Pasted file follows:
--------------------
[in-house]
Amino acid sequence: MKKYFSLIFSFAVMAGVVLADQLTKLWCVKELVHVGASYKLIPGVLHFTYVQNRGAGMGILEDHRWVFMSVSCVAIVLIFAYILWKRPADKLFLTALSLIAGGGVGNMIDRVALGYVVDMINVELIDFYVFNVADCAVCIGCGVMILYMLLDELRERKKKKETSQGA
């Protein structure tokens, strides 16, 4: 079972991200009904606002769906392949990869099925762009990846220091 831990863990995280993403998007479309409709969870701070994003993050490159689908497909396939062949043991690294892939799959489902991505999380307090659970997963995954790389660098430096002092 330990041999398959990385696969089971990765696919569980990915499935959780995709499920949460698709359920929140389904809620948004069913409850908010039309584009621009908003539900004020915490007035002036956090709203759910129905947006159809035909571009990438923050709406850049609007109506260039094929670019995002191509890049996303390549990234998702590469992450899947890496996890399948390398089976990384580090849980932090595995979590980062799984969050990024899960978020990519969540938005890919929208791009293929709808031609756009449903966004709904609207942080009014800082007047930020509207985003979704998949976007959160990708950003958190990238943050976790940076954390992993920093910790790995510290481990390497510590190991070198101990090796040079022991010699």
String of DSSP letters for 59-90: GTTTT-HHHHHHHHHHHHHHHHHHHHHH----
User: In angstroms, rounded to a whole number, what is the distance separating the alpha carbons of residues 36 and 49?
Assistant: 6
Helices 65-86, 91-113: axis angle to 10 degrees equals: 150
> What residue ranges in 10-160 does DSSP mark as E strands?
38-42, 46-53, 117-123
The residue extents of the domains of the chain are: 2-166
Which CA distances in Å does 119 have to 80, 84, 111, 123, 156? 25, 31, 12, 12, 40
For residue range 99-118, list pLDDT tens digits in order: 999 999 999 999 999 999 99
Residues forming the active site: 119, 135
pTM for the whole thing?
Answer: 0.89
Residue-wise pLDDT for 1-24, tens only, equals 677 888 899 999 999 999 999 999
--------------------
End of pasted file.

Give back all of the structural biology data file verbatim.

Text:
[in-house]
Amino acid sequence: MKKYFSLIFSFAVMAGVVLADQLTKLWCVKELVHVGASYKLIPGVLHFTYVQNRGAGMGILEDHRWVFMSVSCVAIVLIFAYILWKRPADKLFLTALSLIAGGGVGNMIDRVALGYVVDMINVELIDFYVFNVADCAVCIGCGVMILYMLLDELRERKKKKETSQGA
């Protein structure tokens, strides 16, 4: 079972991200009904606002769906392949990869099925762009990846220091 831990863990995280993403998007479309409709969870701070994003993050490159689908497909396939062949043991690294892939799959489902991505999380307090659970997963995954790389660098430096002092 330990041999398959990385696969089971990765696919569980990915499935959780995709499920949460698709359920929140389904809620948004069913409850908010039309584009621009908003539900004020915490007035002036956090709203759910129905947006159809035909571009990438923050709406850049609007109506260039094929670019995002191509890049996303390549990234998702590469992450899947890496996890399948390398089976990384580090849980932090595995979590980062799984969050990024899960978020990519969540938005890919929208791009293929709808031609756009449903966004709904609207942080009014800082007047930020509207985003979704998949976007959160990708950003958190990238943050976790940076954390992993920093910790790995510290481990390497510590190991070198101990090796040079022991010699």
String of DSSP letters for 59-90: GTTTT-HHHHHHHHHHHHHHHHHHHHHH----
User: In angstroms, rounded to a whole number, what is the distance separating the alpha carbons of residues 36 and 49?
Assistant: 6
Helices 65-86, 91-113: axis angle to 10 degrees equals: 150
> What residue ranges in 10-160 does DSSP mark as E strands?
38-42, 46-53, 117-123
The residue extents of the domains of the chain are: 2-166
Which CA distances in Å does 119 have to 80, 84, 111, 123, 156? 25, 31, 12, 12, 40
For residue range 99-118, list pLDDT tens digits in order: 999 999 999 999 999 999 99
Residues forming the active site: 119, 135
pTM for the whole thing?
Answer: 0.89
Residue-wise pLDDT for 1-24, tens only, equals 677 888 899 999 999 999 999 999